2. To similar effect is this court’s decision in Muzanenhamo v Gadaga and Ors HH 65/2006. There, at p 3 of the cyclostyled judgment, Gowora J (as she then was) said:

“The applicant contends that the document is an affidavit. An affidavit must be sworn before a person competent to administer an oath. The applicant in his affidavit makes the averment that the document was sworn to before a magistrate. The document bears the stamp of the magistrates court. The person who signed as Commissioner of oaths is not identified, nor is he described as commissioner of oaths. There is, in fact, no indication that the document was signed by a commissioner of oaths. In the circumstances the document is not an affidavit. What it is in fact a written statement not made on oath.”

  1. That only documents satisfying the legal requirements as to their nature should be accepted into evidence and acted upon by the Court was underscored by the case of Tawanda v Ndebele 2006(1) ZLR 426(H). In that matter, the court held that a power of attorney authenticated by a solicitor in England did not, in the absence of evidence that he was also registered as a notary public, comply with the provisions of r 3 of the High Court (Authentication of Documents) Rules 1971(RGN 995 of 1971) The rule reads:

“(3) Any document executed outside Zimbabwe shall be deemed to be sufficiently authenticated for the purpose of production or use in any court or tribunal in Zimbabwe or for the purpose of production or lodging in any public office in Zimbabwe if it is authenticated:

  1. by a notary public, mayor or person holding judicial office; or

  2. ……..”

Section 2 of the Rules define authentication, in relation to a document, as the verification of a signature thereon.

  1. In Tawanda v Ndebele, (supra)Cheda J (as he then was) said at 428G – 429C:

“The particulars of a person who authenticated Prosper’s power of attorney indicate that he is a mere solicitor. In the absence of evidence that he is registered as a notary public, I find it difficult to accept that he is indeed a notary public authorised to practice as such in terms of the laws of the United Kingdom.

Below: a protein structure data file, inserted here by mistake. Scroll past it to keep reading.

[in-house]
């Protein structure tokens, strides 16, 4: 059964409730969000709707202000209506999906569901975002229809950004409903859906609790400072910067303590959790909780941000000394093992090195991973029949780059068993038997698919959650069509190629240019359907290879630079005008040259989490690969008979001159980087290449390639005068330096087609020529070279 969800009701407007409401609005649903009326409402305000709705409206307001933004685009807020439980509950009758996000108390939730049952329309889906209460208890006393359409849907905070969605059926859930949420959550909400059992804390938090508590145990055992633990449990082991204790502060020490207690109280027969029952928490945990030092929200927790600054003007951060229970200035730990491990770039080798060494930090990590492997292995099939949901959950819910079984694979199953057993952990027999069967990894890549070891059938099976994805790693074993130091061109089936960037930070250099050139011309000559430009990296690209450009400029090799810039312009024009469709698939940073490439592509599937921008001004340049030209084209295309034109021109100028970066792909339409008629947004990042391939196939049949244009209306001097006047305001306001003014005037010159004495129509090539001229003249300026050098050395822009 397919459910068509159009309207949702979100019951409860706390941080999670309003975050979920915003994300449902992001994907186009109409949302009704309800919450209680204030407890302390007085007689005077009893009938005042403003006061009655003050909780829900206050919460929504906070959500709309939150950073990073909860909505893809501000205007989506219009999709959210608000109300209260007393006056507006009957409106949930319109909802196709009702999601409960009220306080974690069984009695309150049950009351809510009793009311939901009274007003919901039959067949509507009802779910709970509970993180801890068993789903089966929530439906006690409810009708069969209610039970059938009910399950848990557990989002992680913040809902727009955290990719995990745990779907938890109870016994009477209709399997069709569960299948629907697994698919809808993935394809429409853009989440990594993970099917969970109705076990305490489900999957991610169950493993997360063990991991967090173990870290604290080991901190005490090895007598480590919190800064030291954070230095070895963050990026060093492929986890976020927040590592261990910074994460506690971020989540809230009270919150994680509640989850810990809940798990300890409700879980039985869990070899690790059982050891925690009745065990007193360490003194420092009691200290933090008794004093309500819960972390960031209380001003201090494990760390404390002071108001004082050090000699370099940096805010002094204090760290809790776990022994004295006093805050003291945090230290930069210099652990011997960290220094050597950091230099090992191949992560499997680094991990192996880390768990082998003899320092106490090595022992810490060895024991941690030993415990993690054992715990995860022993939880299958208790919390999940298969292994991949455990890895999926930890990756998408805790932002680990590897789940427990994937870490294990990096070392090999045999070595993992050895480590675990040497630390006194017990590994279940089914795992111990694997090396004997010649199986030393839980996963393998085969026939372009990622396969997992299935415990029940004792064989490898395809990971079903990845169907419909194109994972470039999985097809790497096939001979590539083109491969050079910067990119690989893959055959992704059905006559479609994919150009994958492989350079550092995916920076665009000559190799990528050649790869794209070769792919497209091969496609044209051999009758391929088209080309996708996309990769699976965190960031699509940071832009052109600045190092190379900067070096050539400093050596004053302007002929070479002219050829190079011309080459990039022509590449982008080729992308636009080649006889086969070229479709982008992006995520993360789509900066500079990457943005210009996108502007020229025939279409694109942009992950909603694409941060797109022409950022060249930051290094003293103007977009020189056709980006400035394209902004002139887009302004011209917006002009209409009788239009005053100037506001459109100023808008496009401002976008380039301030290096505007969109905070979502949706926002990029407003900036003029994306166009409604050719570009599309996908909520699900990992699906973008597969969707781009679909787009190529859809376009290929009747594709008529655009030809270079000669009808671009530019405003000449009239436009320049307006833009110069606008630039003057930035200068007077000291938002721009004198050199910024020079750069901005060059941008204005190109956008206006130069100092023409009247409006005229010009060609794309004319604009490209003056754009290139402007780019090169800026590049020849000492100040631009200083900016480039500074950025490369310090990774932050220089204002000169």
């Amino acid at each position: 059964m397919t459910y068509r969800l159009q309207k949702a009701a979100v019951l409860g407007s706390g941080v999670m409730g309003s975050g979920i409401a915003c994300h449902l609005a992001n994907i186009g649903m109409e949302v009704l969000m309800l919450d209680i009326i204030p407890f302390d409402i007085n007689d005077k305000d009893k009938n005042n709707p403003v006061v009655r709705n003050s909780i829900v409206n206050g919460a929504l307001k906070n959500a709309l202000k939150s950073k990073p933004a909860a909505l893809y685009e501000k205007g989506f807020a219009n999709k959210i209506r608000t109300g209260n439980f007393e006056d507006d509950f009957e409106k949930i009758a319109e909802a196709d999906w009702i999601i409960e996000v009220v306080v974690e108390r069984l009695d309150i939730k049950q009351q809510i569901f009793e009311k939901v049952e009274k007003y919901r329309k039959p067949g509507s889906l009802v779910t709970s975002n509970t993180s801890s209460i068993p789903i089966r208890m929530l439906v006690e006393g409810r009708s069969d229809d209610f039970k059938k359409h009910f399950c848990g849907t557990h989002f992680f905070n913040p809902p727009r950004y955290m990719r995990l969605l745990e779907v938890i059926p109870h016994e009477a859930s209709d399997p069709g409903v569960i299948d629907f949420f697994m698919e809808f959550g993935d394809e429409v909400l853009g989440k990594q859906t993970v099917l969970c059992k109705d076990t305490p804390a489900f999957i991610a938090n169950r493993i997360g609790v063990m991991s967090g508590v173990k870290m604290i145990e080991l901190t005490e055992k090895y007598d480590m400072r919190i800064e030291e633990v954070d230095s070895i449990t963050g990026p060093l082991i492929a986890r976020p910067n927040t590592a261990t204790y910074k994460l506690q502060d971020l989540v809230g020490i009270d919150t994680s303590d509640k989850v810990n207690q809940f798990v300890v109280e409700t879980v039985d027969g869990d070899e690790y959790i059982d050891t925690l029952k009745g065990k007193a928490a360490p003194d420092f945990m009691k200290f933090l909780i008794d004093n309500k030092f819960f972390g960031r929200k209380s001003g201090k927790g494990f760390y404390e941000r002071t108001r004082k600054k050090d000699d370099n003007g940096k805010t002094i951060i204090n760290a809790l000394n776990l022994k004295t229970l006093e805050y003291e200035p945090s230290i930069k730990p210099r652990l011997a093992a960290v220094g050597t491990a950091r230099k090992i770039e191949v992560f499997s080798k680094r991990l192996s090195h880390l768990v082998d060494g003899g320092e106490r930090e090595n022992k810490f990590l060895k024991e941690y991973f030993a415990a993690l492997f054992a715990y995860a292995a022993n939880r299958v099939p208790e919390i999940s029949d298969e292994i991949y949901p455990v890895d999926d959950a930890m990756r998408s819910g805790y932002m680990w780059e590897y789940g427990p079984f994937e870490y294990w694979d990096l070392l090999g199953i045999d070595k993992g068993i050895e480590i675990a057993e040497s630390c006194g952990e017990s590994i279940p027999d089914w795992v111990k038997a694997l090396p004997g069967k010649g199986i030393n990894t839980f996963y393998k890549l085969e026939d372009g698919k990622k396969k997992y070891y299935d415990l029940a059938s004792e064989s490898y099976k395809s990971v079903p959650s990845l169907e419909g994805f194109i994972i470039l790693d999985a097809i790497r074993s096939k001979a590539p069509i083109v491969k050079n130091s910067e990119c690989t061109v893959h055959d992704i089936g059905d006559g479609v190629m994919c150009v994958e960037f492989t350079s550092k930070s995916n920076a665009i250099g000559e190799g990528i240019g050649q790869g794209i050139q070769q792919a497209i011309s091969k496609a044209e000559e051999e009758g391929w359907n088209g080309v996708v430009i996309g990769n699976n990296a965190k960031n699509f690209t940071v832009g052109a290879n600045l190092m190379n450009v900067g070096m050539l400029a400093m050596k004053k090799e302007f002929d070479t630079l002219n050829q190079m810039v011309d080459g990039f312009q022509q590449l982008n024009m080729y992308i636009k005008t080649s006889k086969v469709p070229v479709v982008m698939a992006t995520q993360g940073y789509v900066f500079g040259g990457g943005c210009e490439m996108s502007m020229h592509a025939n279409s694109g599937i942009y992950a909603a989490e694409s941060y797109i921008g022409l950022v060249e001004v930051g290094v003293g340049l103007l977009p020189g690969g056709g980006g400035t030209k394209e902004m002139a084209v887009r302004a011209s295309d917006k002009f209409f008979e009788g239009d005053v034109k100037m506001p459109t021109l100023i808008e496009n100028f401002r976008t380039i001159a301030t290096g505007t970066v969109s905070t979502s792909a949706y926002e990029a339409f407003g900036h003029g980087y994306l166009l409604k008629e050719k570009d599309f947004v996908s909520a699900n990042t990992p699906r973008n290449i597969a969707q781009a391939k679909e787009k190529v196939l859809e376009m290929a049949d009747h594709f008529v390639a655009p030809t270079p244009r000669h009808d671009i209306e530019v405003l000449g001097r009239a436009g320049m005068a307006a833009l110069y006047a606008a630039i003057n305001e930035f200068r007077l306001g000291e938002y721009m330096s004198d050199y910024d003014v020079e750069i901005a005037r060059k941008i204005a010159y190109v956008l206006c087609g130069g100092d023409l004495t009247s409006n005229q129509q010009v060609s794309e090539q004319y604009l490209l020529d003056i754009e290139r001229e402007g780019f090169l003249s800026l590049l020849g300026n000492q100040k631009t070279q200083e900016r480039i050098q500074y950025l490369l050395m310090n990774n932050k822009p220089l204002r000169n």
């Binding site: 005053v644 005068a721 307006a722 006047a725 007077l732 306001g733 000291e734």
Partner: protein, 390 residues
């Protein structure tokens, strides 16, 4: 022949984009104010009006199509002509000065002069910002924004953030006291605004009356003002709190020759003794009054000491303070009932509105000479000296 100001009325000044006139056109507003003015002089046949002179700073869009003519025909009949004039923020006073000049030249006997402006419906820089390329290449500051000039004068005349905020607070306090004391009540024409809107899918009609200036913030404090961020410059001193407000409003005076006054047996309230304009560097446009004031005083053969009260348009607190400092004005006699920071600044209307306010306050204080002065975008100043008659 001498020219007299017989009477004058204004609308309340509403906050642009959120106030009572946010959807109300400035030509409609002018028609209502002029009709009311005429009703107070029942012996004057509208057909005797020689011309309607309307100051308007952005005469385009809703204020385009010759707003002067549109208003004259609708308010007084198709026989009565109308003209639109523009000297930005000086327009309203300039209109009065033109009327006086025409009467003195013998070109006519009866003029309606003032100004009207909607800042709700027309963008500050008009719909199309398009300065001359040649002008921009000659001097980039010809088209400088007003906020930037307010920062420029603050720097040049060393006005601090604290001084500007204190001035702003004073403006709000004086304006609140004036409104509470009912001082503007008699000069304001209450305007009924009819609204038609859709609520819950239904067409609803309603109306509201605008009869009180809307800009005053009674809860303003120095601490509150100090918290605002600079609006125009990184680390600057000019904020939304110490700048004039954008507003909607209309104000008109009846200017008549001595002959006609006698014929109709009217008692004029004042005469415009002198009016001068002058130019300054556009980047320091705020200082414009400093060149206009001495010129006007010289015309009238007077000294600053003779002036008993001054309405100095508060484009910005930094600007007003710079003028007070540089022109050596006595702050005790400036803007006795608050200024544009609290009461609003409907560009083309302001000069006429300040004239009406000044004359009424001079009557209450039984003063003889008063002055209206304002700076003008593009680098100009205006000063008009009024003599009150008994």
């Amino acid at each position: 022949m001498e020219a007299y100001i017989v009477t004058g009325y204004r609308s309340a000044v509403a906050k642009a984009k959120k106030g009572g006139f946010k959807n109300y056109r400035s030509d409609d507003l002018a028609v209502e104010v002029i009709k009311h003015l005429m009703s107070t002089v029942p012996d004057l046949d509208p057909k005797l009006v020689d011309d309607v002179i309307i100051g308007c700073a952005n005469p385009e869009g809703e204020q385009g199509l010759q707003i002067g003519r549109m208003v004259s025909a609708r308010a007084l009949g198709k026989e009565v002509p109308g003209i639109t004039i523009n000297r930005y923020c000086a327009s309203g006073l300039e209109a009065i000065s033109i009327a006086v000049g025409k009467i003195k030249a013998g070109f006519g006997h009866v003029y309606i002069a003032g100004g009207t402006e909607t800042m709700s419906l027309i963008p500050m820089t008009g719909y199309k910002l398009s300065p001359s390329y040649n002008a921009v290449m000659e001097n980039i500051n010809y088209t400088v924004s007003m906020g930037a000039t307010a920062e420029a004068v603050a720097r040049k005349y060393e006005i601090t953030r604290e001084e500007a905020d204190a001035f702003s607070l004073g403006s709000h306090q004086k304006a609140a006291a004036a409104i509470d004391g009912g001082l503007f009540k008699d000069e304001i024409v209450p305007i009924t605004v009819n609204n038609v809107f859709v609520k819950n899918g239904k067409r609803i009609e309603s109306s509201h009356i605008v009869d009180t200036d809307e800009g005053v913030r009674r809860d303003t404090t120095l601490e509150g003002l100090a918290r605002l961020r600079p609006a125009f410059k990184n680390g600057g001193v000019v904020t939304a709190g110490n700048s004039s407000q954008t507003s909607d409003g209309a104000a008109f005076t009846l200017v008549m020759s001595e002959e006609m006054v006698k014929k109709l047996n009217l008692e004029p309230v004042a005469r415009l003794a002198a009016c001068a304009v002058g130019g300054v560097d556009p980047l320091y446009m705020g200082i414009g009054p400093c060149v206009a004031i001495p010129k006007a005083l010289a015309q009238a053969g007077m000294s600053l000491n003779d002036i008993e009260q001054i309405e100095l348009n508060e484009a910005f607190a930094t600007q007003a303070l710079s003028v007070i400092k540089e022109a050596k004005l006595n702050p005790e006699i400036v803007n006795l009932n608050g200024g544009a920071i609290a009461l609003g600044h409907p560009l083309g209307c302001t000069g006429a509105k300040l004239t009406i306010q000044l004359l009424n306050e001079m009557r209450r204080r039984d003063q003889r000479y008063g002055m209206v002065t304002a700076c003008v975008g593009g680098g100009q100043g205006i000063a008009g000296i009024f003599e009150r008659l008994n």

The office of a notary public is very important and his signature together with his seal of office is so important that it commands international recognition to the extent that the mere exhibition of a notarised document is absolutely acceptable for judicial purposes. For this reason, therefore, a notary public’s office should be protected for what is worth. Prospers signature was not authenticated by a notary public. Therefore its authority is questionable.

It is my view, therefore, that there should be no compromise by seeking to accept a questionably authentic document either for academic or expedience purposes. The rules of this court has listed certain officials who are authorised to authenticate documents and those rules should be applied in toto.

In light of the above, there is no power of attorney before this court authorising Albert to act for and on behalf of applicant. Accordingly, the application is dismissed with costs.”

  1. The significance of the ratio decidendi in the foregoing case is that I must be satisfied that there is evidence that each of the supporting affidavits were deposed to before a commissioner of oaths for me to uphold their validity.

  2. In Derby Shirt Manufacturers (Pty) Ltd v Nel N.O and Another, N.O 1964(2) SA 599 the court held that a document which purported to be an affidavit was a nullity because it had not been attested by a commissioner of oaths.

  3. In the matter before me, Tanyanyiwa Mangena, a Detective Sergeant in the Zimbabwe Republic Police, deposed to the purported first supporting affidavit. This document is not an affidavit because the identity of the supposed commissioner of oaths is not disclosed. Above the designation “Commissioner of Oaths” appears not the name of the purported commissioner of oaths but a signature and a handwritten endorsement suggesting that the signatory is a Detective Inspector. The stamp used is for the Zimbabwe Republic Police Officer – In- Charge, Team One, Criminal Investigation Department. Further, the office or capacity in which the unknown signatory was acting as the purported commissioner of oaths is not disclosed.

  4. Mkhululi Nyoni is a police officer in the Zimbabwe Republic Police stationed at the Criminal Investigation Department, Asset Forfeiture Unit, Northern Region as the Acting Head. What was meant to be his supporting affidavit is not an affidavit. The identity of the person who was supposed to be the Commissioner of Oaths as well as the office or capacity in terms of which he or she signed Nyoni’s “affidavit” as Commissioner of Oaths are unknown. Above the designation “Commissioner of Oaths” appears a signature together with a handwritten endorsement “C/Insp” for I think, “Chief Inspector.” There is no stamp for a commissioner of oaths on the document. Instead, the document bears the 30 August 2022 date stamp for the Zimbabwe Republic Office, General Headquarters, Superintendent Organisational Research Planning and Development P.O Box CY 34 Causeway, Harare.